|M.Sc Student||Shafat Itay|
|Subject||Biochemical Characterization of cpn60 and cpn10 from|
|Department||Department of Biotechnology and Food Engineering||Supervisor||Professor Yechezkel Kashi|
Mycobacterium tuberculosis belongs to a unique group of organisms that express two copies of Heat Shock Protein 60kDa, or chaperones (cpn), instead of the usual single copy. The role of these two cpns, cpn60.1 and cpn60.2, in the cell biology is unknown, as is the relation between the two proteins and the co-chaperone cpn10. In-Vitro experiments using proteins over-expressed in E.coli failed to show characteristic chaperone properties of the cpn60s or characteristic structure of known cpn60s (a tetradecamer). Cpn10 though, proved to be a co-chaperone, facilitating renaturation of Urea-denatured MDH, successfully replacing the native GroES (E.coli cpn10) as a co-chaperone of GroEL (E.coli cpn60). In-Vivo experiments, using M.bovice BCG, which is closely related to M.tuberculosis, showed possible large structure of both cpn60.1 and cpn60.2. the nature of these structure/s is yet unknown.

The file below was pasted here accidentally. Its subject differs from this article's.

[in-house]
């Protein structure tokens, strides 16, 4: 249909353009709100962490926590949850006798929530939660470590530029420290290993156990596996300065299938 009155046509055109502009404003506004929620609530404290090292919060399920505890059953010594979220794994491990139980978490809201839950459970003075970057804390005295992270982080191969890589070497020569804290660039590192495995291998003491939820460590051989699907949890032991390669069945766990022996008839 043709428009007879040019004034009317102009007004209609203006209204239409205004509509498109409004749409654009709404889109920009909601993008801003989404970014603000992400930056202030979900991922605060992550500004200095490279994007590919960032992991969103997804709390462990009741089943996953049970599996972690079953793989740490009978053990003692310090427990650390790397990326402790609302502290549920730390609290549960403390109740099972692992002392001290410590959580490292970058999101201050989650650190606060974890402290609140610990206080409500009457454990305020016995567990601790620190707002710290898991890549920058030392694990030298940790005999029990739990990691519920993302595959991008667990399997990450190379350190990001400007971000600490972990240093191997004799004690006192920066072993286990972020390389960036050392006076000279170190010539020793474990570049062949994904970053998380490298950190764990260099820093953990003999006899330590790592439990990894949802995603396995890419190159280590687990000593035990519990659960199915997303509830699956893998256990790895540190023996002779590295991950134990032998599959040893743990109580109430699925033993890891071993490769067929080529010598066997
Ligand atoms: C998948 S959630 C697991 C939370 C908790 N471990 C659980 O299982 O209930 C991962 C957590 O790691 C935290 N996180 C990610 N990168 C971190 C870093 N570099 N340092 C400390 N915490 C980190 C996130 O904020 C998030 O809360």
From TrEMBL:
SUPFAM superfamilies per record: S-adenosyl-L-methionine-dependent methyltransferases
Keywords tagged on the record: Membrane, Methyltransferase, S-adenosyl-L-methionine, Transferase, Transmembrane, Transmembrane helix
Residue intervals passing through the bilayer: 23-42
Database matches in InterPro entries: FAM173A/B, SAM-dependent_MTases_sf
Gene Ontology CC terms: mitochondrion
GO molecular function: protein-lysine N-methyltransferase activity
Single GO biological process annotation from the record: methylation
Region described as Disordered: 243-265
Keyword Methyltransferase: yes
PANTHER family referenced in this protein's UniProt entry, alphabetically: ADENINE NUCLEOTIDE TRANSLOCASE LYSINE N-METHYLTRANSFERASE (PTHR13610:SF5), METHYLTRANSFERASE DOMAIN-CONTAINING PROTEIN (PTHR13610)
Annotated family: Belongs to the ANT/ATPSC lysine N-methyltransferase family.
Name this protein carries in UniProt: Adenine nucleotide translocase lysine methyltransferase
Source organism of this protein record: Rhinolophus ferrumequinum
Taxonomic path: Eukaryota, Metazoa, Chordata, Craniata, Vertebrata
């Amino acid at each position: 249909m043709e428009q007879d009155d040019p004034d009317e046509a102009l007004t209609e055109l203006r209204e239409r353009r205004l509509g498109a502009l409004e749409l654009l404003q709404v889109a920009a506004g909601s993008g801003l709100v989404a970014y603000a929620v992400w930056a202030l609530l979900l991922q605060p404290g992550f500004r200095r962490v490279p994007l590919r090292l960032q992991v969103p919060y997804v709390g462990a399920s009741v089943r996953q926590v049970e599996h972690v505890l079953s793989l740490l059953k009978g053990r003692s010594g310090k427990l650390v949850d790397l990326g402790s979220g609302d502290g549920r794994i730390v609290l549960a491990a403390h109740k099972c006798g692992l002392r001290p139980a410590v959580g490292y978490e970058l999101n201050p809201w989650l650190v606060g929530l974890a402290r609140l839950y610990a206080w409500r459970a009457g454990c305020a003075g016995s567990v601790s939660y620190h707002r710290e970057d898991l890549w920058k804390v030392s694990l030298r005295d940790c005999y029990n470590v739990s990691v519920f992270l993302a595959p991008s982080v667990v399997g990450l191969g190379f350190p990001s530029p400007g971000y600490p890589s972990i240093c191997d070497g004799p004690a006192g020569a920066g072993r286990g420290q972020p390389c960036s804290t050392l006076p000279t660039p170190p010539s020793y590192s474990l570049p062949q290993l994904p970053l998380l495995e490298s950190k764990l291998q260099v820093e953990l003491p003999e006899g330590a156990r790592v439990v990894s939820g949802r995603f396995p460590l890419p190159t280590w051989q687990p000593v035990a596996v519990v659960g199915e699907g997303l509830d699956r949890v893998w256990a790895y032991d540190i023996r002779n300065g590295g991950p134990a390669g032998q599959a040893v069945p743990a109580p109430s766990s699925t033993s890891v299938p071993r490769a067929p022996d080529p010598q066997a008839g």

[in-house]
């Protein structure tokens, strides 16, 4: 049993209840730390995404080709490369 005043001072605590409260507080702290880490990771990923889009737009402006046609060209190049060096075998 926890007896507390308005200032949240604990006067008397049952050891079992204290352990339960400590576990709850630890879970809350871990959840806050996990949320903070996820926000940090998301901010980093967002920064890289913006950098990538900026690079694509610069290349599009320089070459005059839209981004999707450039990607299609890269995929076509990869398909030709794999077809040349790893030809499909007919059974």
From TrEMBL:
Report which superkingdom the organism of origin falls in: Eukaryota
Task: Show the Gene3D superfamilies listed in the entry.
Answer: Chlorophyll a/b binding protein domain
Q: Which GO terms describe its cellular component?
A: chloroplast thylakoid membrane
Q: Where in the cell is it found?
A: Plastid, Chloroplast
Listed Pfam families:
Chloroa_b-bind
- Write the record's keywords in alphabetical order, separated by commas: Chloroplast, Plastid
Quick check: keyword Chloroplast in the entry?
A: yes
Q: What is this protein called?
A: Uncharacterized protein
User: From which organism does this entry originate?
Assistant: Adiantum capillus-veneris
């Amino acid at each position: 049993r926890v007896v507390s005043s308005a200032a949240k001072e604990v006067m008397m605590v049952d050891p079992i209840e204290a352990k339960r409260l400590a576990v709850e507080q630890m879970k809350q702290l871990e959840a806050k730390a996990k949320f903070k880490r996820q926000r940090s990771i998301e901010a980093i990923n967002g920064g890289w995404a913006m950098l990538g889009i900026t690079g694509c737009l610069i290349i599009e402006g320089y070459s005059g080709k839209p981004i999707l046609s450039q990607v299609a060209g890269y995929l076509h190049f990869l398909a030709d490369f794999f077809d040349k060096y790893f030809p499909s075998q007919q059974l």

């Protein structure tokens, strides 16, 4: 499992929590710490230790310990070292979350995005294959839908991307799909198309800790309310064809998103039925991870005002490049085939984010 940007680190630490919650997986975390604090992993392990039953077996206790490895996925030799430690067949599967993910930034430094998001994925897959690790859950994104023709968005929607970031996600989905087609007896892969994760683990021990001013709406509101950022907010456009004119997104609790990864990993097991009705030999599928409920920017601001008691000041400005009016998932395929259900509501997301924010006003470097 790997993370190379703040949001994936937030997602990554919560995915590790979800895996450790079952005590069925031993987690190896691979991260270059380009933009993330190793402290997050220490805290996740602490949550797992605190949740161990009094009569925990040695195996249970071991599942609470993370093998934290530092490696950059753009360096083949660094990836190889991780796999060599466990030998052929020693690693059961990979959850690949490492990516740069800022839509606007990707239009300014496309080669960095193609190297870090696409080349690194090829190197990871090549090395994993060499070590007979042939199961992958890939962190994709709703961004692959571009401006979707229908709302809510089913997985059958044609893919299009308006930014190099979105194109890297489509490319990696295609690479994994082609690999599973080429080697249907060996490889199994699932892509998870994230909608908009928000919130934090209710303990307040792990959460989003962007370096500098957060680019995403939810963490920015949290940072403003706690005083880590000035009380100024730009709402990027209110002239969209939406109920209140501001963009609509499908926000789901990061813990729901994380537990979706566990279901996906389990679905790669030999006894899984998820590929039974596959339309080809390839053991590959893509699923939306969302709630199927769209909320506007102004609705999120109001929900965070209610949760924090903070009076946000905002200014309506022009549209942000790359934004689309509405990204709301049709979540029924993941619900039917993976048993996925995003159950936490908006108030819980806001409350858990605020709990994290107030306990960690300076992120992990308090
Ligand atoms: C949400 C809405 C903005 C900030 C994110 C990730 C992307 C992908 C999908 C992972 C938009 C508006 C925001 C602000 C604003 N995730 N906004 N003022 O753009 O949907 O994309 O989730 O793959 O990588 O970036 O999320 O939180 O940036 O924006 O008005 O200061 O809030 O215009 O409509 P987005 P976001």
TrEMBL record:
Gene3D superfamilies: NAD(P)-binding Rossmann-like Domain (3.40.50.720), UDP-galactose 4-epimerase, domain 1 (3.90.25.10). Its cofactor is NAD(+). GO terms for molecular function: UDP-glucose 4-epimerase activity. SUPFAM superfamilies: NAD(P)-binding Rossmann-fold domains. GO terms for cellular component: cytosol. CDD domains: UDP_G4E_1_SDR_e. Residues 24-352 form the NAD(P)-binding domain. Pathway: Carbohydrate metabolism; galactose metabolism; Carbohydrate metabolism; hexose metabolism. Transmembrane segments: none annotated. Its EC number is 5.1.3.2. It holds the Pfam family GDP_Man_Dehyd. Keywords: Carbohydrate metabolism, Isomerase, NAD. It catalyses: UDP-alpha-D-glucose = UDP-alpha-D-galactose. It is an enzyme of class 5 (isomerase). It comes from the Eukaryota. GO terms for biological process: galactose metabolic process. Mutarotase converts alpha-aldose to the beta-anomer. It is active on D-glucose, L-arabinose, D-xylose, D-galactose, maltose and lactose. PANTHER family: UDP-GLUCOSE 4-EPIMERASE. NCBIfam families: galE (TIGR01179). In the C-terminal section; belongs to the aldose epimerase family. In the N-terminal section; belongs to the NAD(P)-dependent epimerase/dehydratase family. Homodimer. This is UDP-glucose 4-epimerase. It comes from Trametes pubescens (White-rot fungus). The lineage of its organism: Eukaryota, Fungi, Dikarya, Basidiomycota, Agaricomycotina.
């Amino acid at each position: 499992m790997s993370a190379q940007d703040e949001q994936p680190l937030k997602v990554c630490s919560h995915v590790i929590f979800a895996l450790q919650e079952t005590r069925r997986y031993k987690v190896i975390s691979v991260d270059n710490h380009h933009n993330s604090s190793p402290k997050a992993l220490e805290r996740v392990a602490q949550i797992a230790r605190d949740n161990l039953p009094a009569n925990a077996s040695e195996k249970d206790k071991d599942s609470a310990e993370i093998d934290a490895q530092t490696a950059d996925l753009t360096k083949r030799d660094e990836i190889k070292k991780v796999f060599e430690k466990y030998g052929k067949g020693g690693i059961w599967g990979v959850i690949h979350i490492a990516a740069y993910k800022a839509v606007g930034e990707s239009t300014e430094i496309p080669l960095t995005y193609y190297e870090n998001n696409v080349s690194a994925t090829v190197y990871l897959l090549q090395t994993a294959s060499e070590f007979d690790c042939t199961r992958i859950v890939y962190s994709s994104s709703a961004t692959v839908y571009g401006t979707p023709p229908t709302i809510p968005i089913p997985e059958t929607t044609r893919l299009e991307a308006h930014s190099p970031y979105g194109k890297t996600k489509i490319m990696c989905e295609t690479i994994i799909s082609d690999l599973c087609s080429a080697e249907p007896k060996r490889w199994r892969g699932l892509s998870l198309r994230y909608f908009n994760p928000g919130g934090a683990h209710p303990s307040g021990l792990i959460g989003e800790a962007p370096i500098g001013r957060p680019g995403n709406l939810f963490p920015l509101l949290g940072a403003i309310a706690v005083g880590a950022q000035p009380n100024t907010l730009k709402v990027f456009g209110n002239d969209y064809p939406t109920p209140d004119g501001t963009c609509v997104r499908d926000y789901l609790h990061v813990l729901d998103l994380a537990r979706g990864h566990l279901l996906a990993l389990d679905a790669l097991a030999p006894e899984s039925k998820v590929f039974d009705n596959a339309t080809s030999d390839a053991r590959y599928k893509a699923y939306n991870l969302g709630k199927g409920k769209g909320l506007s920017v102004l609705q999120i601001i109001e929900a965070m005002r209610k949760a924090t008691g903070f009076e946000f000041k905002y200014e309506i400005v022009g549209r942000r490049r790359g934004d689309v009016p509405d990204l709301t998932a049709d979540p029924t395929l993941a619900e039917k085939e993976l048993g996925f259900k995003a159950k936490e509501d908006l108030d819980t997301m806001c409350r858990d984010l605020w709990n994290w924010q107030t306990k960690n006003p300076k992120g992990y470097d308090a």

The antigenic properties of cpn60.2, and its suspected involvement in diseases, such as tuberculosis and Adjuvant Arthritis (AA) (a disease in rats used as a model for Rheumatoid Arthritis (RA)), are well studied. Since AA is an autoimmune disease, we developed a mutant of GroEL, expressing a rat-cpn60 peptide that was found to be involved in the development of tolerance to AA. This mutant will be used to study AA, and can be a forerunner tool for studying the fine properties and effects of the cpn60 proteins on the immune system.